Pakistan Temporarily Bans Tankers, Container Trucks From Entering Afghanistan

Trucks carrying supplies for U.S. and NATO forces sit in Peshawar after Pakistan barred their entry into Afghanistan.
Trucks carrying supplies for U.S. and NATO forces sit in Peshawar after Pakistan barred their entry into Afghanistan. (By Muhammad Iqbal -- Associated Press)
By Riaz Khan and Fisnik Abrashi
Associated Press
Monday, November 17, 2008

PESHAWAR, Pakistan, Nov. 16 -- Pakistan temporarily barred oil tankers and container trucks from a key passageway to Afghanistan, threatening a critical supply route for U.S. and NATO troops Sunday and raising more fears about security in the insurgent-plagued border region.

The suspension came as U.S.-led coalition troops reported killing 30 insurgents in fighting in Afghanistan's Helmand province, near Pakistan's lawless border. There were no coalition or Afghan casualties, officials said.

Al-Qaeda and Taliban fighters are behind much of the escalating violence along the lengthy, porous Afghanistan-Pakistan border, and both nations have traded accusations that the other was not doing enough to keep out insurgents.

The tensions come as violence in Afghanistan has reached its highest level since the U.S.-led invasion ousted the Taliban regime in 2001, and as a surge in U.S. missile strikes on the Pakistani side of the border has prompted protests from Pakistan government leaders.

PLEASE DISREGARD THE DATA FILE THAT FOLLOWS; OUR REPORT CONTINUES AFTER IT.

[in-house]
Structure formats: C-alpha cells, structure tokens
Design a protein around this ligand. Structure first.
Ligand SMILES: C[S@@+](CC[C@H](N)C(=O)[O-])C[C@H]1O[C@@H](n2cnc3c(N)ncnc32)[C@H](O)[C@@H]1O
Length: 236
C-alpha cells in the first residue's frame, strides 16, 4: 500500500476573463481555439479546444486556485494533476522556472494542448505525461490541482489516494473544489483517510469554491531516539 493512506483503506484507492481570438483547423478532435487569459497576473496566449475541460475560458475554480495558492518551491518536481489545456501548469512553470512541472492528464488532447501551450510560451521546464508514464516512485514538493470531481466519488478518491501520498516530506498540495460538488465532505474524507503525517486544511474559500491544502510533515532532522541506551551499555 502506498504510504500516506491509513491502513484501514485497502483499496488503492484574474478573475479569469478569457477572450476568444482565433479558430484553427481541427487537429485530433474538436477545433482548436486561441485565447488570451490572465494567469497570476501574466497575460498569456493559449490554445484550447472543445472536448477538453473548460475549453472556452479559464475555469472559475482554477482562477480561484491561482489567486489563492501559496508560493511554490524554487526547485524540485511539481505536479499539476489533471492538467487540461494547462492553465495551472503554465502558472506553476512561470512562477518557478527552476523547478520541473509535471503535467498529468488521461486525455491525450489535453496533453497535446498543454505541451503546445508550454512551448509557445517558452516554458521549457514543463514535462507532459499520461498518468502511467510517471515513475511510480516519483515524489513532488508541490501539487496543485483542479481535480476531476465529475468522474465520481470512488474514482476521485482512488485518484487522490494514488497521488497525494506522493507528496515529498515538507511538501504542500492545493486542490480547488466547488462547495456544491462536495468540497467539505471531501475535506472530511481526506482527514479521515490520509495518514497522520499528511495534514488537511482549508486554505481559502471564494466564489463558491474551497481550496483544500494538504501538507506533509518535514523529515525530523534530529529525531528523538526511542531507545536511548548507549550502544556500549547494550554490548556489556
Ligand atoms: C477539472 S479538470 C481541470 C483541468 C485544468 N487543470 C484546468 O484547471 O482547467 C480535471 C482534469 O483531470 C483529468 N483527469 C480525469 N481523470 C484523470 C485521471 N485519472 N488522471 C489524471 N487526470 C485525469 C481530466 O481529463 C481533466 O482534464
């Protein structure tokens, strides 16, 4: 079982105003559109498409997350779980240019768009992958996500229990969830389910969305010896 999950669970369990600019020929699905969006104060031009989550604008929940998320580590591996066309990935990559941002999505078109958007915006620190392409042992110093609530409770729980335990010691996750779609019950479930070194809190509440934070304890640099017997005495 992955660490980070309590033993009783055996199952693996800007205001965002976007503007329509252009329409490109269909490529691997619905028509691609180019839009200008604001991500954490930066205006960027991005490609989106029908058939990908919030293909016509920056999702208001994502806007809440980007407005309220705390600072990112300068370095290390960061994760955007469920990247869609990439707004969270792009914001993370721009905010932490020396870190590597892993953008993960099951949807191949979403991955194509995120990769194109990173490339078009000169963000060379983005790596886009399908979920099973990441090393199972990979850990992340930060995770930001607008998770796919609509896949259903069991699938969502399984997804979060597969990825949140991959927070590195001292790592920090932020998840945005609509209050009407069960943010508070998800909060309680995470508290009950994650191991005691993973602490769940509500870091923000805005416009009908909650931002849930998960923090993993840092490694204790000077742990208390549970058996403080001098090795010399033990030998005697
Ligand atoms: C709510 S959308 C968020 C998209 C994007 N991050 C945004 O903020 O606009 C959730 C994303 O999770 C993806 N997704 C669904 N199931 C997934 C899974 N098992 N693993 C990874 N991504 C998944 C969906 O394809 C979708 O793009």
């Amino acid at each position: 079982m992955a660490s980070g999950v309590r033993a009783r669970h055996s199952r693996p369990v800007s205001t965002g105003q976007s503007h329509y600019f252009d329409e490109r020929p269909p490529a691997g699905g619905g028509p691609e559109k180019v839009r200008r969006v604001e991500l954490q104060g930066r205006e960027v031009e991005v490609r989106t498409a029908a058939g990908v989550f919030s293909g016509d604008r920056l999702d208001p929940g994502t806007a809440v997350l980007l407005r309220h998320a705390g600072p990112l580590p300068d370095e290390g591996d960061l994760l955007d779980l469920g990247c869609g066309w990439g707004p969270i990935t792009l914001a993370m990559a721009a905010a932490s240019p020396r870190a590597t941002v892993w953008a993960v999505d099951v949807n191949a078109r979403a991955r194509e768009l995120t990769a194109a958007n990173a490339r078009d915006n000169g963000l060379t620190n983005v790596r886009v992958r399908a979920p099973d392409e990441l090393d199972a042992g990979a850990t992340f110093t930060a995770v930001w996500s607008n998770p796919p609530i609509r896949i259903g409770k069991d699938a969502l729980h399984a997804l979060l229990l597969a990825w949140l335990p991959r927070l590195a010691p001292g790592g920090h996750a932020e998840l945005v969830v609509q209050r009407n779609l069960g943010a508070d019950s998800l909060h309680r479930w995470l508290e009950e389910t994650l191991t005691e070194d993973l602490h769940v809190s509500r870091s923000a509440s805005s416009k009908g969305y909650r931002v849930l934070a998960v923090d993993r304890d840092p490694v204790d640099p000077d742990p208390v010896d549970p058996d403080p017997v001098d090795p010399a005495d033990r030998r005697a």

Last Monday, a band of fighters hijacked about a dozen trucks, including some carrying Humvees, headed to foreign forces in Afghanistan. Renewed security concerns prompted officials to impose the temporary ban on tankers and trucks carrying sealed containers late Saturday, government official Bakhtiar Khan said. He said the ban could be lifted as early as Monday.

Lt. Cmdr. Walter Matthews, a spokesman for the U.S. military in Afghanistan, acknowledged only that "the appropriate authorities are coordinating security procedures."

"The convoys will continue flowing. We will not discuss when or where or what," he said.

Denied entry to the route, dozens of the trucks and oil tankers were parked along a main road near Peshawar, the regional capital.

Last week's ambush took place at the entrance to the pass. Police said around 60 masked insurgents forced the convoy to stop, briefly trading fire with nearby security officers. U.S. officials say the attackers seized two Humvees and a water truck. Several trucks carrying wheat for the World Food Program were also hijacked.

In Afghanistan, meanwhile, President Hamid Karzai offered to provide security for the Taliban's reclusive leader, Mohammad Omar, if he agrees to enter peace talks.

"If I say I want protection for Mullah Omar, the international community has two choices: remove me or leave if they disagree," Karzai said.

Omar headed the government toppled by the U.S.-led invasion in 2001. Since then, he has been in hiding, but is thought to be running the insurgency.

Karzai has long supported drawing the Islamist militia into the political mainstream on the condition that they accept the country's constitution. Omar has not directly responded to these calls.


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